Noble values

There's a wide gulf between the social sentiments of Our Friends In The North and the intrigues of the Elizabethan court, but CHRISTOPHER ECCLESTON can stride from one to the other.

Words: Anwar Brett

Christopher Eccleston is an actor for whom the work is about more than simply turning up and remembering the lines. He casts an uneasy shadow across his roles and seems at his best playing awkward characters. exuding passionate confusion in circumstances beyond his control. With chilling conviction. he evolved from the uptight accountant to psychopath in Shallow Grave and was a mournful figure as Jude. the downtrodden hero of Michael Winterbottom’s acclaimed film.

But. as impassioned and political as the man is. so the actor has had to come to terms with certain harsh truths. Actors need to work and. if the right role is not there waiting. other roles must be sought. Not that his neatly Machiavellian turn as the Duke of Norfolk in Elizabeth means he is selling out. but this most earnest but charming of actors recognises that it marks a watershed in his career.

‘I’d be lying if I told you this kind of film is my first love.’ he states frankly. ‘Usually I’m more interested in things like Our Friends In The North and Hillsbomugh. contemporary issue-based dramas. But the bald fact is that I was out of work and needed a job. Actors have to go where the work is. and try and do something of quality that people respect. I thought it would be good for me to do something that

26 THE LIST 8—22 Oct 1998

Christopher Eccleston

'l’d be lying if I told you this kind of film is my first love. But the bald fact is that I was out of work and needed a job.’

\‘~ . . .

Not shallow, but grave: Christopher Eccleston in Elizabeth

was be a stretch. I had to do yet another accent for the role. and I’ve never really played people in power before. By contrast Jude was someone with no power. so I thought it was something that might improve me as an actor.‘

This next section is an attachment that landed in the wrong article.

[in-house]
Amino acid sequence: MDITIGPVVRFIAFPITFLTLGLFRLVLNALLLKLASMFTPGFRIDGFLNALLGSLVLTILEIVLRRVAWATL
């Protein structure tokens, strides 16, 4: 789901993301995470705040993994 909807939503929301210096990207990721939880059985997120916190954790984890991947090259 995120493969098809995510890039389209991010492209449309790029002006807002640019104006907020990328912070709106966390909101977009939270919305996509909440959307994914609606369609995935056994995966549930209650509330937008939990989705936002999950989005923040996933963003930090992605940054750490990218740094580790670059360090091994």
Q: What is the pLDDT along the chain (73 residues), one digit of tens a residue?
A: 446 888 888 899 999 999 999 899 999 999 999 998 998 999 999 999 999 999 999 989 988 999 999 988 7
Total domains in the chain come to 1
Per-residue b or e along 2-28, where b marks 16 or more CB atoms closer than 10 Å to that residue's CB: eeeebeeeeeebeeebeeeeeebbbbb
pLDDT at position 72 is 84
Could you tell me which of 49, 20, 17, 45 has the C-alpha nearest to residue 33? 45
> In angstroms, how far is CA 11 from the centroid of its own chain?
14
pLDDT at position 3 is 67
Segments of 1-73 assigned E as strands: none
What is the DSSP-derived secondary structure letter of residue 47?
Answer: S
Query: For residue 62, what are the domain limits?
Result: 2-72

As Norfolk. Eccleston exudes charismatic menace. The film is based on the early life of Queen Elizabeth I, with Eccleston playing the prime mover behind the nobility’s discontent with the naive young queen. It is a role that might. more obviously. have been played by another actor. but the mere fact that he was considered for it by Indian director Shekhar Kapur appealed to him.

‘I thought he’d exercised a bit of imagination in asking me rather than the usual suspects. whoever they may be. There was also a certain freedom in the role. I felt it was important that if we’re to be impressed by what Elizabeth achieves throughout the film. the people she defeats should be formidable. So I set about making Norfolk a formidable. three- dimensional human being.’

Another formidable character on set was one Eric Cantona. playing the role of the French ambassador. In spite of being a devoted Manchester United fan. the usually confident actor found himself shy in the presence of ‘Le Roi’.

‘I didn’t actually have any scenes with him. but it was difficult for me to be in the same film as him.’ Eccleston smiles. 'I was there at Selhurst Park when he jumped into the crowd. and I was there when he clinched the Double for us at Old Trafford. I introduced myself to him on the set. and I found he was very shy. and very serious about what he was trying to do. I longed to talk to him about football. but I didn’t. and I regret it now. I hope he didn‘t think I was rude. I wasjust a little overawed by meeting him.’

Elizabeth opens in Scotland on Fri 23 Oct and will be reviewed next issue.

Rough cuts

Lights, camera, action. . .

DANIELA NARDINI AND tantric sex. An intriguing combination that's just gone before the camera as shooting begins on Elephant Juice in London. The film, written by This Life's Amy Jenkins focuses on problems of commitment and cappuccinos amongst three thirtysomething couples living life in the global village. The cast includes Emmanuelle Béart, Mark Strong and Kimberly Williams.

EVERY ISSUE, IT seems, there's tales to tell of Scottish short films winning awards abroad, and today is no exception. In addition to the champs announced last issue at the Chicago International Film Festival, it should be noted that Graham Drysdale’s Lovely ran off with the Gold Hugo for the 'short narrative fifteen minutes and over’ category. Lovely has screened at five American festivals this year, winning awards at three (in addition to Chicago, it took the Best Student Drama at Aspen and a Jury Award at New York Expo). This means it is now eligible for an Oscar nomination.

ALSO AT CHICAGO, David Mackenzie’s California Sunshine was awarded the Golden Plaque in the same division as Lovely. Again this isn’t a one-off celebration: California Sunshine received First Prize at Cortinomettragio in Italy, Second Prize at Palm Springs and an Honorable Mention at Toronto. Mackenzie and producer Gillian Berrie's next collaboration, Somersault, recently secured National Lottery funding. Described as 'Nil By Mouth meets Absolutely Fabulous’, it shoots in December.

THE BAFTA SCOTLAND New Talent Awards return in December, showcasing the country's up-and- coming names in film and television. Producers, writers, directors, performers, technicians and composers proud of their new short films and programmes should note that the deadline for entries is Friday 23 October. Contact Matt Delargy on 0141 357 4317 for details.

Trunk call: Daniela Nardini will star in

Elephant Juice